The 1H NMR Spectrum. Absorbance of energy by a proton via NMR results in flipping of its nuclear spin state. Both 1H and 13C have spin numbers of I = ½. The number of allowed spin states is = 2(I) + 1. Both 16O,12C and 2H (deuterium) have spin numbers of zero and are NMR inactive. The spinning nucleus generates a small magnetic field. When placed in an external magnetic field (Bo) it will align either with or against Bo. The energy needed to flip spin states is in the radiofrequency region (resonance energy) and is proportional to the field strength, Bo.
The 1H NMR Spectrum. The resonance energy of a given H is affected by the electron density around that H. The applied field causes es to circulate around H which induces a field opposing Bo thus the nucleus does not feel the full effect of Bo. The nuclei of those Hs having a greater electron density are said to be shielded from Bo and those with less e-density are deshielded. Resonance energy is a frequency and is reported in cps = Hz or ppm = .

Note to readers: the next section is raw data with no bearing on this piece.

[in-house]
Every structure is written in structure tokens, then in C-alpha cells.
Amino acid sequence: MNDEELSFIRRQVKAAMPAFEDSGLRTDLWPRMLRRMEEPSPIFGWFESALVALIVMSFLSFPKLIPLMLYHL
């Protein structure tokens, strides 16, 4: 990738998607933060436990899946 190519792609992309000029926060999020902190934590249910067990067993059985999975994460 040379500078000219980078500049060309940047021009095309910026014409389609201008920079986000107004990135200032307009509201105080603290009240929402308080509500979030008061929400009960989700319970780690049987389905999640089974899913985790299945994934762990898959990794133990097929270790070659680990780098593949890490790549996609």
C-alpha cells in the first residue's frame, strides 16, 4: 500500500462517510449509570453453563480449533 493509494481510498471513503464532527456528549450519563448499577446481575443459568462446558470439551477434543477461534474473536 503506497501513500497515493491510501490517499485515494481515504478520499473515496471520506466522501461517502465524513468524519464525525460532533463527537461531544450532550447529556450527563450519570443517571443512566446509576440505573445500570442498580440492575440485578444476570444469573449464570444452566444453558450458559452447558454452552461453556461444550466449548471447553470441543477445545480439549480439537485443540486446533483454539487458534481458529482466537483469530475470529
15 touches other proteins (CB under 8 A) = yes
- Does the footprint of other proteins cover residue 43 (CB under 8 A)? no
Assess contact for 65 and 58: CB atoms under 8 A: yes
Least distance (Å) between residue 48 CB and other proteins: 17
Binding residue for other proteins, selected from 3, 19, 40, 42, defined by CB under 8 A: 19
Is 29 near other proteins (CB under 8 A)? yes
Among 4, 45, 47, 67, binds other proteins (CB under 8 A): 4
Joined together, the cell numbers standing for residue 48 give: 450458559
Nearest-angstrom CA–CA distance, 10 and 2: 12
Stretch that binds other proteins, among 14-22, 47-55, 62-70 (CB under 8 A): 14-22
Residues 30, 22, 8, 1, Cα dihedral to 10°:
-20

Terms used in an NMR spectrum. Downfield Upfield Less shielding More shielding Low induced field High induced field Larger Smaller 300 Hz ppm = = -------------- = 5 or 5 ppm 60 MHz values
Information from the 1H NMR Spectrum. Four different features of a 1H NMR spectrum provide information about the structure of a compound: 1. Number of signals. 2. Position of signals. 3. Intensity of signals. 4. Splitting of signals. Standard = tetramethylsilane: (CH3)4Si These methyl groups are highly shielded.
Chemical Shift Values H Environment δ H Environment δ (CH3)4Si 0 (defined) R-COOCH ~3.5-4.5 Alkane -CH3 ~0.9 C=C-H ~4.5-6 -CH2- ~1.3 -CH- ~1.6 Ar-H ~6.5-8 (C, N, O)=C-CH ~1.5-2.5 R-CHO ~9-10 -C≡C-H ~2.5 R-COOH ~10-12 (N, O)-CH ~2.5-4 R-OH ; R-NH ~1-5
Spin-Spin Splitting Not all NMR signals are singlets. Some exist as doublets, triplets, or other multiplicities. The spin state of a proton within a three bond distance of another proton(s) feels the effect of the spin states of the other Hs. This effect of nonequivalent Hs on adjacent Cs is transmitted through the sigma bonds. The result of this interaction is that the NMR signal is split into (N + 1) peaks where N = the number of equivalent Hs. The distance between peaks of a multiplet are called J values (coupling constants) and are measured in Hz.